Friday, May 27, 2016
     

Editorials

Monday, May 9, 2016

On one hand, we let out a big sigh of relief that two Tannersville residents turned themselves into state police and admitted to leaving a cow’s head at a Jackson Township cow sanctuary on March 20.

On the other hand, though, we are puzzled that the pair would commit such a stupid act merely to protest that the new owner of the property had fenced off trails which had formerly been used by neighbors. We have to believe there were ulterior motives involved in this crime.

Saturday, May 7, 2016

I’m a student at Penn State University and took a geography course this semester. I have learned a lot about how humans can affect the environment in negative ways. Sometimes this is by doing everyday activities that we never even give a second thought to, such as driving our vehicles.

It’s amazing how many toxins are released into the air from just driving around town. This not only affects the world we live in today but will affect it for future generations. It is important to consider ways to help preserve the environment.

Saturday, May 7, 2016

Hillary Clinton has announced, if elected, that she plans to give the 12 million illegal immigrants in this country free Obamacare. That being said, I am wondering if the federal government will supply the drug Modafinil to all of the hardworking American taxpayers who will be forced to pay for this expenditure. Modafinil is used on missions by the military to stay awake for extended periods of time.

Friday, May 6, 2016

The gas line explosion in Western Pennsylvania last week has raised the fear level of property-owners in the path of the proposed PennEast pipeline that would run through parts of our area, most notably Carbon and Northampton counties.

The blast in Westmoreland County sparked a huge fireball which left one person badly burned and caused damage to a home, utilities, melted asphalt on a nearby highway and caused evacuations of residents. The heat was so intense that it burned the sidings of two homes hundreds of feet away, fire officials said.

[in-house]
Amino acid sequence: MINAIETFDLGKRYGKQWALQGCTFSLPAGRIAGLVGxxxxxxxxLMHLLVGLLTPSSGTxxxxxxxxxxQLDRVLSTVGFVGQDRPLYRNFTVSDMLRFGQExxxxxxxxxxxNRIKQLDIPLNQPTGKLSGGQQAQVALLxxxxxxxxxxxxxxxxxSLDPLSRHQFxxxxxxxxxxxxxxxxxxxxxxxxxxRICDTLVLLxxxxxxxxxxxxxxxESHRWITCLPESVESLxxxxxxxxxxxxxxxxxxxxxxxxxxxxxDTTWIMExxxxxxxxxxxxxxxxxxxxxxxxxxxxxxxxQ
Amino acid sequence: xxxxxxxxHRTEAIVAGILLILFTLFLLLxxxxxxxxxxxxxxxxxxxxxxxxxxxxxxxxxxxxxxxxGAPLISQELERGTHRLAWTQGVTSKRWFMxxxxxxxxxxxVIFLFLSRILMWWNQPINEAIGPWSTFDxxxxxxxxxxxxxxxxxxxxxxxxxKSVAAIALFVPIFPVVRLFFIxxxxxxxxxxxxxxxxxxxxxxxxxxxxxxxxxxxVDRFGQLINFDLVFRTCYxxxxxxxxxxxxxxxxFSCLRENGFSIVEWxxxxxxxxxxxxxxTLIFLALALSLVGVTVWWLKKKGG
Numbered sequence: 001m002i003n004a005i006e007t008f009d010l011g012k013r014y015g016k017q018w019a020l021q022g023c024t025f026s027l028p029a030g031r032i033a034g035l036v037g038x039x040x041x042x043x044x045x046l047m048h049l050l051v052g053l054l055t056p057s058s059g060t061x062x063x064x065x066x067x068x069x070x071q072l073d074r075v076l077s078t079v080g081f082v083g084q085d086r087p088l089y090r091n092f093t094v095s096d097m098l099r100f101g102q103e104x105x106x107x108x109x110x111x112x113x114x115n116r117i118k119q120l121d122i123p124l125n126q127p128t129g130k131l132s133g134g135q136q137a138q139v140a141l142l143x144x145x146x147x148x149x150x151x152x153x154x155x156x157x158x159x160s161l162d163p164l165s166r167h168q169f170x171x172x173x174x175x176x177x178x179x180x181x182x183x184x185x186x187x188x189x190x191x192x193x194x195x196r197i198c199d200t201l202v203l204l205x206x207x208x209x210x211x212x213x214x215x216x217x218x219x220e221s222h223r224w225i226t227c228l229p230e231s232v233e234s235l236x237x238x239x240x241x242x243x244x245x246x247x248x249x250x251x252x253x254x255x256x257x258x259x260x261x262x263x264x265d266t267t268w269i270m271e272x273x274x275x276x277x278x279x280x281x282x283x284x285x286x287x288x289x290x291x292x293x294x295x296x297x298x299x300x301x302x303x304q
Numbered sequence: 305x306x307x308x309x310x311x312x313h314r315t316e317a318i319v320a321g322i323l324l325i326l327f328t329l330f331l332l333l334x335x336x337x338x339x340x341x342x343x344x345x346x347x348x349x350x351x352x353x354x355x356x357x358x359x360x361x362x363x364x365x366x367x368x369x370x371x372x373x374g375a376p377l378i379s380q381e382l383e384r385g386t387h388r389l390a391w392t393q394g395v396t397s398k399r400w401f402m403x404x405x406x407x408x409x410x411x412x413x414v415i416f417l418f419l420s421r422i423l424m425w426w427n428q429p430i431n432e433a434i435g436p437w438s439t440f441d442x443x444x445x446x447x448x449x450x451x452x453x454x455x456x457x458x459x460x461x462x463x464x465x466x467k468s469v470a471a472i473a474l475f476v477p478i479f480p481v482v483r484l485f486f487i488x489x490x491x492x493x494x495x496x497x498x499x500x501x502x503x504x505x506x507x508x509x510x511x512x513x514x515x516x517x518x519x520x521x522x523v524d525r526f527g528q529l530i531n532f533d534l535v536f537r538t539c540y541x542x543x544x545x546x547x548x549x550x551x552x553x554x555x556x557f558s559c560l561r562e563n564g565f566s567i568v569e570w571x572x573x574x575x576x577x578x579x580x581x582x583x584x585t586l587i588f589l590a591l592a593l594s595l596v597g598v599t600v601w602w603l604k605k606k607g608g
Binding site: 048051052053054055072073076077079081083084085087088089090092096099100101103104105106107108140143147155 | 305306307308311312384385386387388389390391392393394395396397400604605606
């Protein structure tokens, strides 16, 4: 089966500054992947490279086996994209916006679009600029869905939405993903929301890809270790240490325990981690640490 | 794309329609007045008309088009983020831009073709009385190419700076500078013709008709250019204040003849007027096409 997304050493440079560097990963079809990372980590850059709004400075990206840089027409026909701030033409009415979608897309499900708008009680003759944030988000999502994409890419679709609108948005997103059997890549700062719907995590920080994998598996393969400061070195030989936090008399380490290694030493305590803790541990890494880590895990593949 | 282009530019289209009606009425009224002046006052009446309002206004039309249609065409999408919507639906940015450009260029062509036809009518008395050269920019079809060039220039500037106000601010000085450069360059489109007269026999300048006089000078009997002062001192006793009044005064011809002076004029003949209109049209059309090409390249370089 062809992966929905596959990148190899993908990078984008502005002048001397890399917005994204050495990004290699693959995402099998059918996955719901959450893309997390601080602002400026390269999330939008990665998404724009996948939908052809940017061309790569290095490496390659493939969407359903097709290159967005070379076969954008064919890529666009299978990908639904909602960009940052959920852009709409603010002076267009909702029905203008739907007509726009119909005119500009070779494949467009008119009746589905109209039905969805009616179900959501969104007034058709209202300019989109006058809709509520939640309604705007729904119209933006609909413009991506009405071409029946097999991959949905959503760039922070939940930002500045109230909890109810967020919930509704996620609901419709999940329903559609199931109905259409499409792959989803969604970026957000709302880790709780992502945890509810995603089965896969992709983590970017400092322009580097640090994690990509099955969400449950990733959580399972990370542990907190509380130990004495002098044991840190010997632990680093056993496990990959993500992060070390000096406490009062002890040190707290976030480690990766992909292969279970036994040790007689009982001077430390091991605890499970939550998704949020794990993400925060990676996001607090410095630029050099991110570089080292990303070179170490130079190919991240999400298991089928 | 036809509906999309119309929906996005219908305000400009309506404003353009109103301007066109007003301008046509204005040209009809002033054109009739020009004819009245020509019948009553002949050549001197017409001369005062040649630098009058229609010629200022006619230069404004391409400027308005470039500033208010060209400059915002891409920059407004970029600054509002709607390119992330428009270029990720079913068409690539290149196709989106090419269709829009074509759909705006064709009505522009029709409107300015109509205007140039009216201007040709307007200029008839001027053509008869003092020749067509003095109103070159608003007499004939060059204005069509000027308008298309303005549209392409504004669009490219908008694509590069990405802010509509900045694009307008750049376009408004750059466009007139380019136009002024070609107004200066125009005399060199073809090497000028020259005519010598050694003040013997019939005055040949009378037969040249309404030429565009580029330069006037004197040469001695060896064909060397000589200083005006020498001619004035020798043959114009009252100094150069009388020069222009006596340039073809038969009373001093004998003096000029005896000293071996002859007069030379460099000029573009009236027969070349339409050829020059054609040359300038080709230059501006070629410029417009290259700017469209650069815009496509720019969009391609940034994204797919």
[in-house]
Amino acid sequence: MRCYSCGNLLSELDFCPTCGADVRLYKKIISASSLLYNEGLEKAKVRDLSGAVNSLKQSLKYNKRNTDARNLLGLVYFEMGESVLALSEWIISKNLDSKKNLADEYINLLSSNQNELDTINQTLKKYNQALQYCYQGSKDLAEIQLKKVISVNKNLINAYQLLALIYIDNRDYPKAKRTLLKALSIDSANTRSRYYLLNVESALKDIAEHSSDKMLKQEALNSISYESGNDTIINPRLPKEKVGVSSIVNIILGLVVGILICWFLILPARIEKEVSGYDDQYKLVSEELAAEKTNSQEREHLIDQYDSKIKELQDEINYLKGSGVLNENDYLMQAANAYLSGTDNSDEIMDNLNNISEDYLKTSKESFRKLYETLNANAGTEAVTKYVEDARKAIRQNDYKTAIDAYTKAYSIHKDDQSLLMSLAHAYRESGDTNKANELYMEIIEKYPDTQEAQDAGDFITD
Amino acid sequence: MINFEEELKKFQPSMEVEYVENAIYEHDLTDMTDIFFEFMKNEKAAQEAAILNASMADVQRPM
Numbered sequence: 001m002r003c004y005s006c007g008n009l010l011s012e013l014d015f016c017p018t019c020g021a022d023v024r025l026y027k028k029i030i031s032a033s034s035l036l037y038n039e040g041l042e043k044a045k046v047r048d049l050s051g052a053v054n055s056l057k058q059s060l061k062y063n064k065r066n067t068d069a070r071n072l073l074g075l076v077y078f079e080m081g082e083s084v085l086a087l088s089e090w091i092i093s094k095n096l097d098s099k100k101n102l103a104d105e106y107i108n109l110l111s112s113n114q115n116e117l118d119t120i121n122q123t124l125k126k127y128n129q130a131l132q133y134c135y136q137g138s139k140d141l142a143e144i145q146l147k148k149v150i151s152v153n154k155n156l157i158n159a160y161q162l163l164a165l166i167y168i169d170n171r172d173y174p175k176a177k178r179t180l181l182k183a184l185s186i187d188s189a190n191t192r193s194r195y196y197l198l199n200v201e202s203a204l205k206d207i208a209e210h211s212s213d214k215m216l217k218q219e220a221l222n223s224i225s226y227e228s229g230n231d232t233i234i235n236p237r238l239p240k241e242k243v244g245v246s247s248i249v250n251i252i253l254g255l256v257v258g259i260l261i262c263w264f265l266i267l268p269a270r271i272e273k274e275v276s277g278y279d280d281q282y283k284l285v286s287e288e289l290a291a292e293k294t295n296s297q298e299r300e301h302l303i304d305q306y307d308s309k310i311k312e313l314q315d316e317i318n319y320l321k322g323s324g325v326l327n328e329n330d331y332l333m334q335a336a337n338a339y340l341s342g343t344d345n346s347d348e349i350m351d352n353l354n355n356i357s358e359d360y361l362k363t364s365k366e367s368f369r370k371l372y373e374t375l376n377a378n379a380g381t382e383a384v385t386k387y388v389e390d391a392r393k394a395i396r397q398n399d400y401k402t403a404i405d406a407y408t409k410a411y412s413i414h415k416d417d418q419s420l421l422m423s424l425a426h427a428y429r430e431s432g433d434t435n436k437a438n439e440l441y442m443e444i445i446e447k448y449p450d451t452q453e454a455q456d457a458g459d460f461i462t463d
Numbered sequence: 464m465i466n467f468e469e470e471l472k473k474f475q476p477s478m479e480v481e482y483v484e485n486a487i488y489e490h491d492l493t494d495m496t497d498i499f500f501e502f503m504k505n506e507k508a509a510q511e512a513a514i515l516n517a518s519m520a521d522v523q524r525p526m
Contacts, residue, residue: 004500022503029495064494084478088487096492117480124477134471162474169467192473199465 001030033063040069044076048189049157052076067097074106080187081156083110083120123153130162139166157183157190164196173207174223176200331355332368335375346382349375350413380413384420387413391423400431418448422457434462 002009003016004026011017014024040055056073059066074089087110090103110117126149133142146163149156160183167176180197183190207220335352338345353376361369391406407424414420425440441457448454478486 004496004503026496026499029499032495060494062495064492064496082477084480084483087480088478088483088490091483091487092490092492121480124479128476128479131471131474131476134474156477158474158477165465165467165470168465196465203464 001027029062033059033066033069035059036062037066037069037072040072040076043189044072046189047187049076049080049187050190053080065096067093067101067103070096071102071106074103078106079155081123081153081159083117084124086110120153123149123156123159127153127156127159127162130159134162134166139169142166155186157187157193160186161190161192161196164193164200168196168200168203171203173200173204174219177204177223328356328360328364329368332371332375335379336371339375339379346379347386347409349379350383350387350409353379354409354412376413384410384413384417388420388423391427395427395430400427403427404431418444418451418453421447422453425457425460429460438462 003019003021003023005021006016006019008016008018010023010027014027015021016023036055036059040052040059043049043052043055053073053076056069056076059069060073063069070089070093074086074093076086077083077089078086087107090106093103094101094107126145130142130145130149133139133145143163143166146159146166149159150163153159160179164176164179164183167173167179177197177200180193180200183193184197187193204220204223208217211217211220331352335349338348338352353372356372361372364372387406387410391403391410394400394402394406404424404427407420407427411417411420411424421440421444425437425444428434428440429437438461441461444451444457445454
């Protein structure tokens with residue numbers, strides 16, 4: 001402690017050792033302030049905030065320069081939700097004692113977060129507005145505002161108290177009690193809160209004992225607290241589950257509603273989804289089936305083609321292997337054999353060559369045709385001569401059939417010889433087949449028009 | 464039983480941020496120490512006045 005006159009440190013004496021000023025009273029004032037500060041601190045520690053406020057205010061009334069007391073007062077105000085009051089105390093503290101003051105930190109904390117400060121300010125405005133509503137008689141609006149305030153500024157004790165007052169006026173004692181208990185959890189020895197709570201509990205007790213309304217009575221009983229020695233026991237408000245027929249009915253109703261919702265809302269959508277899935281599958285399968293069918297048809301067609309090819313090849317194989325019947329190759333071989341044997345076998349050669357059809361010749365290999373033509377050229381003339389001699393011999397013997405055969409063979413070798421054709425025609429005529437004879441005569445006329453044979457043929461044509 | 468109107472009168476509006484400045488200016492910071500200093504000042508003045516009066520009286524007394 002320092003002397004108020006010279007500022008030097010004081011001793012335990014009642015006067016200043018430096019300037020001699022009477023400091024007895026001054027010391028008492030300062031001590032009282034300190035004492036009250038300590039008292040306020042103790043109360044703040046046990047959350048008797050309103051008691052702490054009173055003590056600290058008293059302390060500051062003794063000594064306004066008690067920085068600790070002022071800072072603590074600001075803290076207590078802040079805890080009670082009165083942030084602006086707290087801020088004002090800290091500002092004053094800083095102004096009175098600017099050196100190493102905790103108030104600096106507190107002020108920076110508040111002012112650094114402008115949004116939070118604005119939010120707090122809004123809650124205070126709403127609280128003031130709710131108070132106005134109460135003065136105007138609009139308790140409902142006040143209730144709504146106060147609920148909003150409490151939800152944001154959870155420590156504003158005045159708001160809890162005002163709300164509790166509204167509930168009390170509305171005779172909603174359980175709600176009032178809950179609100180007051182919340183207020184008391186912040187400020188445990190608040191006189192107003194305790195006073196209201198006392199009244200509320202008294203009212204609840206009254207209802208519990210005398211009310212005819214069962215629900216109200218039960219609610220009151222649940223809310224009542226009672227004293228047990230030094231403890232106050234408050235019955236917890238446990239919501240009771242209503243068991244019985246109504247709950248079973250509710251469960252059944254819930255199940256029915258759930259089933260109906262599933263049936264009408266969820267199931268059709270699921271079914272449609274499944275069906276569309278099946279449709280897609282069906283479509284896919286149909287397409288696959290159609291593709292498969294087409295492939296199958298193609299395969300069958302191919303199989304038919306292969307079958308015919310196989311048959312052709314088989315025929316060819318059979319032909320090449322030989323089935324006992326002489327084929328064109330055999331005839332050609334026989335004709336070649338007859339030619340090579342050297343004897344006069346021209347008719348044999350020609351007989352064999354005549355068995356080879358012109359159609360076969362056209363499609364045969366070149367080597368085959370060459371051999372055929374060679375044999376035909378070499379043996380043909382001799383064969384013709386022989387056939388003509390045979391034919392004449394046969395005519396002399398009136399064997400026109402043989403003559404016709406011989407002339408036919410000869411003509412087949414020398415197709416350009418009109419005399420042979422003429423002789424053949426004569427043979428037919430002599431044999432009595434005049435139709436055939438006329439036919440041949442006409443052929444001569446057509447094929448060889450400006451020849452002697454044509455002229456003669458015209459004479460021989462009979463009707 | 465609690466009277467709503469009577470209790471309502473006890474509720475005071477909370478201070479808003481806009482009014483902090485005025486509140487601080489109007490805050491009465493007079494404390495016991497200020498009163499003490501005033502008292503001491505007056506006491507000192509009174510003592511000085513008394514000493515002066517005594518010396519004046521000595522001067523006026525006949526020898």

Thursday, May 5, 2016

This week’s news of the macabre discovery of human remains beneath floor boards in a Tamaqua attic is hard to ignore.

It shocks our sensibilities. It begs for more information.

What we know is that members of a Tamaqua family pried up a few boards and uncovered a box. Inside was a bundle consisting of old newspapers and a sweater.

Unwrapped, it revealed bones of a baby, nearly a full skeleton, estimated between 38 and 40 weeks.

The discovery suggests that a baby, perhaps stillborn or a newborn later deceased, had been carefully wrapped and hidden away.

Wednesday, May 4, 2016

Signs went up this week announcing that nearly 800 miles of Pennsylvania highways, including one in Monroe County, will have a 70 mph speed limit. That is a fourfold increase in mileage over the previous 70 mph roads in the commonwealth.

Leslie Richards, Pennsylvania Department of Transportation secretary, said he is comfortable with the change.

“Before moving ahead, we looked very closely at a number of factors, such as speed and traffic data and the physical characteristics of the highways,” he said.

Wednesday, May 4, 2016

Dear Editor,

I recently wrote a letter to Bishop Barres regarding the closing of St. Katharine Drexel Parish. This was written with the hopes that the diocese would reconsider the decision in order to meet the spiritual needs of the flock — also to take into consideration the historical value of such a magnificent structure. Apparently, those arguments meant nothing to the decision makers, and the closure is imminent.

Wednesday, May 4, 2016

The Lehigh Township Zoning Hearing Board convened onApril 14 and granted Walmart approval for three variances so it can develop a new store and gas station on the land at Route 145 and Birch Road. Unfortunately, this project does not adhere to developing the area in a sustainable way.

Tuesday, May 3, 2016
The seriousness of the day’s affairs can be seen on the face of Tamaqua cop Doug Springer in the midst of Monday’s large-scale drug offensive. DONALD R. SERFASS/TIMES NEWS

The streets in eastern Schuylkill County are a bit safer after Monday’s roundup of more than two dozen suspected drug dealers or users.

Agents from the Schuylkill County Drug Task Force, Schuylkill County Sheriff’s Office, state police, and local police departments joined forces to converge on drug hot spots in the Tamaqua area, executing warrants for 29 suspected drug offenders.

It was the largest drug sting operation in eastern Schuylkill County since Monday, June 16, 2014, when a similar sting took 17 accused dealers or users off the streets.

Monday, May 2, 2016
The bison could soon become the national mammal of the United States. Lawmakers called the bison the embodiment of American strength and resilience and said it reflects the nation’s pioneer spirit. AP Photo/Matthew Brown

There are few things that politicians can agree on these days.

Partisan politics run rampant in the halls of the divided Congress and the president’s lame-duck last year in office has produced little in the way of bipartisan legislation. Party infighting has made this a very divisive presidential election season.

The chasm is wide when it comes to party ideology, but there is one cause that both Republicans and Democrats have been able to unite and rally behind. Last week both the House and Senate approved a bill that designates the bison as the national mammal.